It is the case that for most of the essays that you’re asked to do in university, the style requires that you say up front what you’re doing – there are no surprises in academic essays. And so, I would say that the concern is better spent with the introductory paragraph than with any specific statement within it. Does that paragraph tell the reader what you’re up to? Maybe why you’re up to it? Where you’re going? And does it eliminate surprises for what’s coming?
SM: What are some easy ways students can improve their essays?
RS: What often happens is that you’ve written an essay, you read it through, and you understand everything that’s there. But you give it to your friend or somebody else, and they’re confused. What’s happened is you’ve written something that is really good in terms of the ideas in it, but you haven’t succeeded in getting your reader to understand those ideas. And the problem is you know what all of those things mean, but you haven’t yet attended to what the reader needs to know in order to understand this idea.
Sometimes some terms need to be defined or a source needs to be explained. Sometimes it’s transitions. But it’s very difficult for a writer to put themselves in the position of the reader, so one technique is to get somebody else to read it. It’s better if that person has some understanding of the material, but even somebody who knows nothing about it can tell you where they get confused. Also, read it to yourself out loud. Sometimes if you read it out loud, you’ll stumble over some things that need to be fixed.
SM: What is a common mistake that students make when writing an essay?
RS: A lot of people have trouble with grammar, but make the mistake of spending too much time on that at the expense of the ideas and the organization of the essay. Now that’s not to say you can ignore those things. You want to pay attention at the end, but do that last and get the other things in order. And if you don’t have much time, get the ideas in order because a grammatically weak essay with good ideas will get a better grade than a grammatically correct essay that doesn’t say anything.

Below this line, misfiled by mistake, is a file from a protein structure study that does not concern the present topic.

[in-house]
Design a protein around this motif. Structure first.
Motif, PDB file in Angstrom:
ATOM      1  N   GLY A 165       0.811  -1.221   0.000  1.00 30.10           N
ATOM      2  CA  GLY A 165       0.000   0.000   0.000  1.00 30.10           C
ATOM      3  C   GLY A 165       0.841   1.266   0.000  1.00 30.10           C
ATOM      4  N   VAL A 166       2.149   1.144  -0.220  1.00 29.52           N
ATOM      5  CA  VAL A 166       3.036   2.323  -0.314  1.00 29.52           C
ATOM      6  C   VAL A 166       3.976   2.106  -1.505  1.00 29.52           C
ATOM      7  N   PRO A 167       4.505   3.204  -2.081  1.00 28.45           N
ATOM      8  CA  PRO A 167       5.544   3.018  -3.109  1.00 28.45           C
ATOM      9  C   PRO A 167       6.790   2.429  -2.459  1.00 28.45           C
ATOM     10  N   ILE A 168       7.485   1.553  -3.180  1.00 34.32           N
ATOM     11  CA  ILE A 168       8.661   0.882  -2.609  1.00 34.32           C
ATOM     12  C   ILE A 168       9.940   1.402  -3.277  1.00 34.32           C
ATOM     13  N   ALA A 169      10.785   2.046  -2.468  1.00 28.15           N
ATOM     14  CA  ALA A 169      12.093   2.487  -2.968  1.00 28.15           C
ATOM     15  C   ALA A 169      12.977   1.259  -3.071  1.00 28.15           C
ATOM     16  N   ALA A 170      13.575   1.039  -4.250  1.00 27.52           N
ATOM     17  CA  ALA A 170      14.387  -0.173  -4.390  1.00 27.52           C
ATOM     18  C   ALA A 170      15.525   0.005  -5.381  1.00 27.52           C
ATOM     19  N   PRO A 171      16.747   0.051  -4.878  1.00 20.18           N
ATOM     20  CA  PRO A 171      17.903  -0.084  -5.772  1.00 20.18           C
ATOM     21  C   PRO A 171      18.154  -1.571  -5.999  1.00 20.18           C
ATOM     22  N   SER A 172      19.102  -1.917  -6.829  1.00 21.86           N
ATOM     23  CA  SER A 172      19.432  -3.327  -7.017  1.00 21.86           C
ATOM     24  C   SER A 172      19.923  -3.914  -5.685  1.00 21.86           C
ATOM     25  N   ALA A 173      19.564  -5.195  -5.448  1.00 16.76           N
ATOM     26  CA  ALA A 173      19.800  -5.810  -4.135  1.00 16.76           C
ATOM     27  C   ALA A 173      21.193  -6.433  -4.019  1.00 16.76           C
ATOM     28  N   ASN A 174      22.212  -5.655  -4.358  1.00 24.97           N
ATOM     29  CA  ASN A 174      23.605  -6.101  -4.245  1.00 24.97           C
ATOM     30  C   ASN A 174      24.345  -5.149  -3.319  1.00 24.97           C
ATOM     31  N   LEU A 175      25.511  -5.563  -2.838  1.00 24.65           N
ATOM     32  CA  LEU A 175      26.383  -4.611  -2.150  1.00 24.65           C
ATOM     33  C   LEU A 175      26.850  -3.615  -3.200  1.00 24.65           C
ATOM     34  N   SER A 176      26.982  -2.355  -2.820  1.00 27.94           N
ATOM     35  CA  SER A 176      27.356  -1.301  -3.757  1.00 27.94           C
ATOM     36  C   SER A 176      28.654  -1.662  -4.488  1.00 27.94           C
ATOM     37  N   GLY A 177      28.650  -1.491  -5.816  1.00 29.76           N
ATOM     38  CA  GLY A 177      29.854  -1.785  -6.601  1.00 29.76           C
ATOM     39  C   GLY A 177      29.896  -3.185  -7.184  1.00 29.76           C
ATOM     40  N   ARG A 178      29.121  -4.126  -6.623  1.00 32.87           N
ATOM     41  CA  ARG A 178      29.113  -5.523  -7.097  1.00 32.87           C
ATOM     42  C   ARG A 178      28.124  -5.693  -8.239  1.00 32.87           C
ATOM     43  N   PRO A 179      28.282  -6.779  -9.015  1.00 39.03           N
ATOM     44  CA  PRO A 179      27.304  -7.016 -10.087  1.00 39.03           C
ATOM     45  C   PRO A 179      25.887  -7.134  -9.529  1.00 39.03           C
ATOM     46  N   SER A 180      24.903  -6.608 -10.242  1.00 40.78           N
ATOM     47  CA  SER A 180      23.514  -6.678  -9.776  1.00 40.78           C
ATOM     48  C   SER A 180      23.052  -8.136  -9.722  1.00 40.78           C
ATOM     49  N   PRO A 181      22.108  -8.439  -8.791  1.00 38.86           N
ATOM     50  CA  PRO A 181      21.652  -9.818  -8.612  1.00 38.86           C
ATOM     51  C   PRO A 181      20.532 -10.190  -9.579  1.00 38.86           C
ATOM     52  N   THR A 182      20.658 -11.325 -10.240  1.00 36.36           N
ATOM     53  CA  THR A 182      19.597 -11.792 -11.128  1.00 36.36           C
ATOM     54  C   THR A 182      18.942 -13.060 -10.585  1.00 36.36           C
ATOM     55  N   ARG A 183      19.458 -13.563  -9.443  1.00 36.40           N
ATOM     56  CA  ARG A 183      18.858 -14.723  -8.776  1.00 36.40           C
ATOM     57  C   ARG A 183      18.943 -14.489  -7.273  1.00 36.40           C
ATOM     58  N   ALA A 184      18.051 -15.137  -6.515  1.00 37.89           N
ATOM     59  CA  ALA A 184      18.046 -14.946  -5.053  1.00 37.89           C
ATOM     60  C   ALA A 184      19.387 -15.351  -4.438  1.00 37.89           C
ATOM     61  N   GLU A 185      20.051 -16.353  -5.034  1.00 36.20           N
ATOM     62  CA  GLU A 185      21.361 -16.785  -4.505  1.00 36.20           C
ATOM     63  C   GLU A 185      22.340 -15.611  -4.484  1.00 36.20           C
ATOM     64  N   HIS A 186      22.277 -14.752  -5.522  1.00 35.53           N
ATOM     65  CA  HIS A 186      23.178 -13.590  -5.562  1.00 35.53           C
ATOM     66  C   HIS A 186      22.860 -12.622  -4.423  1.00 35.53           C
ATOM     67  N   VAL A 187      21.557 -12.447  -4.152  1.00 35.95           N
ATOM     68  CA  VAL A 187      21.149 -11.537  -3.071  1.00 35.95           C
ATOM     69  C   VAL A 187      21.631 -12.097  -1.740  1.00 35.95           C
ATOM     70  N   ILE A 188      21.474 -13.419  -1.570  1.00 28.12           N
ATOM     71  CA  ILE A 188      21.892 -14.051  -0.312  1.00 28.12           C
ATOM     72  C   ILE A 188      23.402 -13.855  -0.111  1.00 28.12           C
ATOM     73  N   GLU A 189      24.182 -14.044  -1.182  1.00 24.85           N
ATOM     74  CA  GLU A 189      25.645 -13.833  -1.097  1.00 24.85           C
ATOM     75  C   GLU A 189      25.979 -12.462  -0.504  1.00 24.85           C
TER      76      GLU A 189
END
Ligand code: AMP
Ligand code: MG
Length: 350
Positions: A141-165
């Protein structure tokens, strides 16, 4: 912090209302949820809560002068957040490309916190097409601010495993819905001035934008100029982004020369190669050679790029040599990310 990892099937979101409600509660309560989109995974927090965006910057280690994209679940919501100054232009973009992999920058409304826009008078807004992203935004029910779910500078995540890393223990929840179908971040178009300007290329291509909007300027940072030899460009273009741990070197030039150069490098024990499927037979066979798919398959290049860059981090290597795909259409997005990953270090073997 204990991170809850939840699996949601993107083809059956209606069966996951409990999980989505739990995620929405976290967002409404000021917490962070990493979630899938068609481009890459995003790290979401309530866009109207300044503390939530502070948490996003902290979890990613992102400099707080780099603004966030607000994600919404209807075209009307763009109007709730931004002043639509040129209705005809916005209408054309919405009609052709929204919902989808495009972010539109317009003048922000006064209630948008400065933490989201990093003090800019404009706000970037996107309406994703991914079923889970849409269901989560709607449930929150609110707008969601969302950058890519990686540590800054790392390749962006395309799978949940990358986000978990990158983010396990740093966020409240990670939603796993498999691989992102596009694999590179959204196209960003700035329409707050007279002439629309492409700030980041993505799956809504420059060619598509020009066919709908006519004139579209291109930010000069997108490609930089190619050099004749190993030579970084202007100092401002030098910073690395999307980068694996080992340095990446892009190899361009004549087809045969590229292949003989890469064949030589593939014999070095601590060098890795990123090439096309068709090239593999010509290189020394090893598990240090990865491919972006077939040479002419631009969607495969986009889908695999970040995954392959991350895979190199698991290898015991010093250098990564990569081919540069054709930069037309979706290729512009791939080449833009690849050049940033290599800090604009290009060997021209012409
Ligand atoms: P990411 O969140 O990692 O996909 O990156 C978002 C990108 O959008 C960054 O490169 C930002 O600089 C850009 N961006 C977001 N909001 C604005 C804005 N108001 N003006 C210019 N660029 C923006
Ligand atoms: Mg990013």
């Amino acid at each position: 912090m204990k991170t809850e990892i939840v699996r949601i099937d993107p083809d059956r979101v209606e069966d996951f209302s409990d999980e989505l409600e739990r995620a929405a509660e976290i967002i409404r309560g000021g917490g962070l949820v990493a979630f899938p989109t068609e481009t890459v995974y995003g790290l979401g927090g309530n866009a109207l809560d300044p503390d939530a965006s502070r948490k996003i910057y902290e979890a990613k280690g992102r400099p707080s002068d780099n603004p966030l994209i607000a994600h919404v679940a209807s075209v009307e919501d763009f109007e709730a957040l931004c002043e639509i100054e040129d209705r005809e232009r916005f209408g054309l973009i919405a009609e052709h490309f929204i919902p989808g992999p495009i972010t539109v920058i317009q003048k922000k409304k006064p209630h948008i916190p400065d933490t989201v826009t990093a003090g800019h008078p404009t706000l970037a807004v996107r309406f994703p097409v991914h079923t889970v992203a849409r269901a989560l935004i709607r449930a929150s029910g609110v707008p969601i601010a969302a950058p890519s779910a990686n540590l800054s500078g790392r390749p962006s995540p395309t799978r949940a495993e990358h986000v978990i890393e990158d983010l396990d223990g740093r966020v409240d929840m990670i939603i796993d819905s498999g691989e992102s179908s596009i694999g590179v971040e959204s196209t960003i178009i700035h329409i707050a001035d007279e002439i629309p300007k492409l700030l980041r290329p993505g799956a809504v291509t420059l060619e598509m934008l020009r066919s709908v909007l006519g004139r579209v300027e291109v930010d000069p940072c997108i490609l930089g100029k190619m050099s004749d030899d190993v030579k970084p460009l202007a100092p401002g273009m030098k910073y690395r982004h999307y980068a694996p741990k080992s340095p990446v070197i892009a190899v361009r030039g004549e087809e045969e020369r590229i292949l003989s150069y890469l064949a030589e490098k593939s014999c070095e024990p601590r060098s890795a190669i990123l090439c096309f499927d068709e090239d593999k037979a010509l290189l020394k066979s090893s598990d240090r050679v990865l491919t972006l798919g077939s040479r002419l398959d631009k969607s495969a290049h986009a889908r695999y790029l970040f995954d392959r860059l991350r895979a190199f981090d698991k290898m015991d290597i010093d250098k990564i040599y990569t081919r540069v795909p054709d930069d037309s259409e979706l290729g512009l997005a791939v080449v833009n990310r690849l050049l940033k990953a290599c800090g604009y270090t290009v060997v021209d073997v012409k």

SM: How can the Writing Centre help students with their written assignments?
RS: The Writing Centre can help in a couple of different ways. Just making an appointment gives you a deadline before the actual deadline of a paper, so it helps you structure your work. It doesn’t really matter who you see – just the fact that you have to get something ready for your appointment gets you started.
Having said that, at the Writing Centre, we don’t insist that people bring a draft with them. Often students come just with the essay instructions, and we spend our time planning the work because that’s a really crucial part of the process.
Writers are well-advised to get other people to read their work and to give feedback. The advantage of the Writing Centre doing that is that the people here have more expertise – they have a better understanding of what to look for and what to give feedback on. And so typically they are going to give you pretty good advice about how to proceed.
Now that you have all these essay-writing tips and tricks in your bag, you’re ready to take your written assignments to the next level. We hope that this #YUBlog post has provided you with useful information, and many thanks to Ron Sheese for his insight!
Ron Sheese is a full-time faculty member in both the Writing Department and the Psychology Department. He has a PhD in Psychology and has taught several different courses in the Psychology Department including Educational Psychology, Cultural Psychology, Research Methods, Writing in Psychology and Critical Thinking in Psychology. He particularly enjoys working with students who have been advised that they need to write more analytically but who are confused by what “analytic” means and how to do it. He also enjoys working with international students who are seeking to understand better the expectations of North American academic writing.
Note: this interview has been edited for the purposes of the #YUBlog
What are your tips and tricks for writing essays? Let us know in the comments down below or tweet us at @YorkUStudents!